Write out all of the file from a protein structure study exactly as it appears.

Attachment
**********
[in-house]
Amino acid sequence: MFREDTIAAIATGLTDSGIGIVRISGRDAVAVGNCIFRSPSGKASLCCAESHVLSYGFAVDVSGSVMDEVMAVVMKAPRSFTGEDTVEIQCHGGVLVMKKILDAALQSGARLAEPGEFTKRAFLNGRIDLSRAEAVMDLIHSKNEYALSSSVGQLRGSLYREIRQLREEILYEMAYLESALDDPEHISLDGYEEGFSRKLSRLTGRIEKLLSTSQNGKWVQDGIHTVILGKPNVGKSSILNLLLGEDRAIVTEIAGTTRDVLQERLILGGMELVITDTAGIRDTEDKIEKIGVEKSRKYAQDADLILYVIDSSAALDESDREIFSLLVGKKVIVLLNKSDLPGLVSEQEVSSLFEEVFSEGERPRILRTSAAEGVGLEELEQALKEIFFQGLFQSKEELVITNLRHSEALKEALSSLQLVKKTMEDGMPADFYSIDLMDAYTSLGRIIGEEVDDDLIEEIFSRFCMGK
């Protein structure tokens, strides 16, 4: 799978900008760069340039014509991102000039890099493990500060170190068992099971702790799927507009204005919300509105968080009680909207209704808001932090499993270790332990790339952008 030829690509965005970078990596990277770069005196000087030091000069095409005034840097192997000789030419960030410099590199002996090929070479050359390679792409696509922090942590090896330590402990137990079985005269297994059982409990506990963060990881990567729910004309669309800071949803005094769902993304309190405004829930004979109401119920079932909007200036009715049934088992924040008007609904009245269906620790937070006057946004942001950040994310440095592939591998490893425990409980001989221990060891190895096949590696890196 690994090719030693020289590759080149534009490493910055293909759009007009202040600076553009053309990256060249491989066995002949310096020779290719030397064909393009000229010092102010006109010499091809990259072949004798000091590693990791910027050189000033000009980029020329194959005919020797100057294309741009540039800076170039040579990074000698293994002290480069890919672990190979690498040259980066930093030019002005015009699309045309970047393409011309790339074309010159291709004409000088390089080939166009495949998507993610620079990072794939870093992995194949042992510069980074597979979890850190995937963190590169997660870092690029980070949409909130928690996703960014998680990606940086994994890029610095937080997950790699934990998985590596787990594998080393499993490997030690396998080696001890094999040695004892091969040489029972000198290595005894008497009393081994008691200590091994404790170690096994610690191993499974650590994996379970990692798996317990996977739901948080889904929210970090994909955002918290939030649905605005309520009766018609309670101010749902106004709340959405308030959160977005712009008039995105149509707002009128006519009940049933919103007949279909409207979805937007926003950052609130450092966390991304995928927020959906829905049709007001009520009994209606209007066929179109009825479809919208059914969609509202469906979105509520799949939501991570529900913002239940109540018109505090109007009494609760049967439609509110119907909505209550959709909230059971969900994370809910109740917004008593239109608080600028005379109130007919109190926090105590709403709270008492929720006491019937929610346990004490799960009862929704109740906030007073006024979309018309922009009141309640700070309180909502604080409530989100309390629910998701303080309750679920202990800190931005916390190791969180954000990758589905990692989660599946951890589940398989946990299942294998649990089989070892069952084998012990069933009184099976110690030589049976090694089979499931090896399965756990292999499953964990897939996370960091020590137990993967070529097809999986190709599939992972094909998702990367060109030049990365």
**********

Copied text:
[in-house]
Amino acid sequence: MFREDTIAAIATGLTDSGIGIVRISGRDAVAVGNCIFRSPSGKASLCCAESHVLSYGFAVDVSGSVMDEVMAVVMKAPRSFTGEDTVEIQCHGGVLVMKKILDAALQSGARLAEPGEFTKRAFLNGRIDLSRAEAVMDLIHSKNEYALSSSVGQLRGSLYREIRQLREEILYEMAYLESALDDPEHISLDGYEEGFSRKLSRLTGRIEKLLSTSQNGKWVQDGIHTVILGKPNVGKSSILNLLLGEDRAIVTEIAGTTRDVLQERLILGGMELVITDTAGIRDTEDKIEKIGVEKSRKYAQDADLILYVIDSSAALDESDREIFSLLVGKKVIVLLNKSDLPGLVSEQEVSSLFEEVFSEGERPRILRTSAAEGVGLEELEQALKEIFFQGLFQSKEELVITNLRHSEALKEALSSLQLVKKTMEDGMPADFYSIDLMDAYTSLGRIIGEEVDDDLIEEIFSRFCMGK
């Protein structure tokens, strides 16, 4: 799978900008760069340039014509991102000039890099493990500060170190068992099971702790799927507009204005919300509105968080009680909207209704808001932090499993270790332990790339952008 030829690509965005970078990596990277770069005196000087030091000069095409005034840097192997000789030419960030410099590199002996090929070479050359390679792409696509922090942590090896330590402990137990079985005269297994059982409990506990963060990881990567729910004309669309800071949803005094769902993304309190405004829930004979109401119920079932909007200036009715049934088992924040008007609904009245269906620790937070006057946004942001950040994310440095592939591998490893425990409980001989221990060891190895096949590696890196 690994090719030693020289590759080149534009490493910055293909759009007009202040600076553009053309990256060249491989066995002949310096020779290719030397064909393009000229010092102010006109010499091809990259072949004798000091590693990791910027050189000033000009980029020329194959005919020797100057294309741009540039800076170039040579990074000698293994002290480069890919672990190979690498040259980066930093030019002005015009699309045309970047393409011309790339074309010159291709004409000088390089080939166009495949998507993610620079990072794939870093992995194949042992510069980074597979979890850190995937963190590169997660870092690029980070949409909130928690996703960014998680990606940086994994890029610095937080997950790699934990998985590596787990594998080393499993490997030690396998080696001890094999040695004892091969040489029972000198290595005894008497009393081994008691200590091994404790170690096994610690191993499974650590994996379970990692798996317990996977739901948080889904929210970090994909955002918290939030649905605005309520009766018609309670101010749902106004709340959405308030959160977005712009008039995105149509707002009128006519009940049933919103007949279909409207979805937007926003950052609130450092966390991304995928927020959906829905049709007001009520009994209606209007066929179109009825479809919208059914969609509202469906979105509520799949939501991570529900913002239940109540018109505090109007009494609760049967439609509110119907909505209550959709909230059971969900994370809910109740917004008593239109608080600028005379109130007919109190926090105590709403709270008492929720006491019937929610346990004490799960009862929704109740906030007073006024979309018309922009009141309640700070309180909502604080409530989100309390629910998701303080309750679920202990800190931005916390190791969180954000990758589905990692989660599946951890589940398989946990299942294998649990089989070892069952084998012990069933009184099976110690030589049976090694089979499931090896399965756990292999499953964990897939996370960091020590137990993967070529097809999986190709599939992972094909998702990367060109030049990365």